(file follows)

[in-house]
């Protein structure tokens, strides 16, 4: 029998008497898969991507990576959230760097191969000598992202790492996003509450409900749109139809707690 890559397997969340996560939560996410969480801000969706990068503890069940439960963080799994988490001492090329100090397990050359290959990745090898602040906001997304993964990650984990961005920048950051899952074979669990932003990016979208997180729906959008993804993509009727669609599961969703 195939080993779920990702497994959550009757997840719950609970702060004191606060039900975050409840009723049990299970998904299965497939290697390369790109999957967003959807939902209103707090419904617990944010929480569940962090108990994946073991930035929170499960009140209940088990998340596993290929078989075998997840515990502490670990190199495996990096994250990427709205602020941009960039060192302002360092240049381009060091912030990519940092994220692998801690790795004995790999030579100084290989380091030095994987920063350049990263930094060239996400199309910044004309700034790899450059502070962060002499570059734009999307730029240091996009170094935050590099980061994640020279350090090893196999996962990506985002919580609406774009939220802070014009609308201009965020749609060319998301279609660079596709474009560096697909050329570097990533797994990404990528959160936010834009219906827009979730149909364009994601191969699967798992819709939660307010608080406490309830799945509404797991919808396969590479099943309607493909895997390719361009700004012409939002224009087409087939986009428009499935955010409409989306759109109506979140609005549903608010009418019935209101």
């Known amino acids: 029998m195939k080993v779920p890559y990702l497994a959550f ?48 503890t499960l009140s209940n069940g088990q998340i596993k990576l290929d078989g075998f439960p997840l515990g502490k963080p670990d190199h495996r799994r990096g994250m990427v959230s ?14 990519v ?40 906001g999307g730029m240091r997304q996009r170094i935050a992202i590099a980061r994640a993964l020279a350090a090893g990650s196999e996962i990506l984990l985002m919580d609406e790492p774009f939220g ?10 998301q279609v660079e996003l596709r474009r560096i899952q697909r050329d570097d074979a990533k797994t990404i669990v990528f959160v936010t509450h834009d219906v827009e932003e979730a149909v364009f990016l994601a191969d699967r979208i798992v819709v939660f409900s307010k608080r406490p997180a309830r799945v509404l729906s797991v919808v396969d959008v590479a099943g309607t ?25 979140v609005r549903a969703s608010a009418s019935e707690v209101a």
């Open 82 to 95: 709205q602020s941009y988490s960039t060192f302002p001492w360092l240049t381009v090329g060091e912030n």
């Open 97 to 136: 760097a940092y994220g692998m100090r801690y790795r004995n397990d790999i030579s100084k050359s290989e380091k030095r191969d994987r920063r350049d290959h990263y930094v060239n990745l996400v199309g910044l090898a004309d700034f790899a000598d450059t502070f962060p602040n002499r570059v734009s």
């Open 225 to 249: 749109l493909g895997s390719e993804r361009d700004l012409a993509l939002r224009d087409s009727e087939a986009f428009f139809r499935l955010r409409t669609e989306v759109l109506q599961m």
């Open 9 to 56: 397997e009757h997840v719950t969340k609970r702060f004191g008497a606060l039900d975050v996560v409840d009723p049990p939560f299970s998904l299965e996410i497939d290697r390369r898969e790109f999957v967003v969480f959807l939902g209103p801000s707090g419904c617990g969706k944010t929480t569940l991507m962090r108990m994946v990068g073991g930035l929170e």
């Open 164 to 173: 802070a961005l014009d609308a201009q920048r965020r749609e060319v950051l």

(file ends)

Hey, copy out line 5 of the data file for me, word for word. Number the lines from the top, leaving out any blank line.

């Open 97 to 136: 760097a940092y994220g692998m100090r801690y790795r004995n397990d790999i030579s100084k050359s290989e380091k030095r191969d994987r920063r350049d290959h990263y930094v060239n990745l996400v199309g910044l090898a004309d700034f790899a000598d450059t502070f962060p602040n002499r570059v734009s």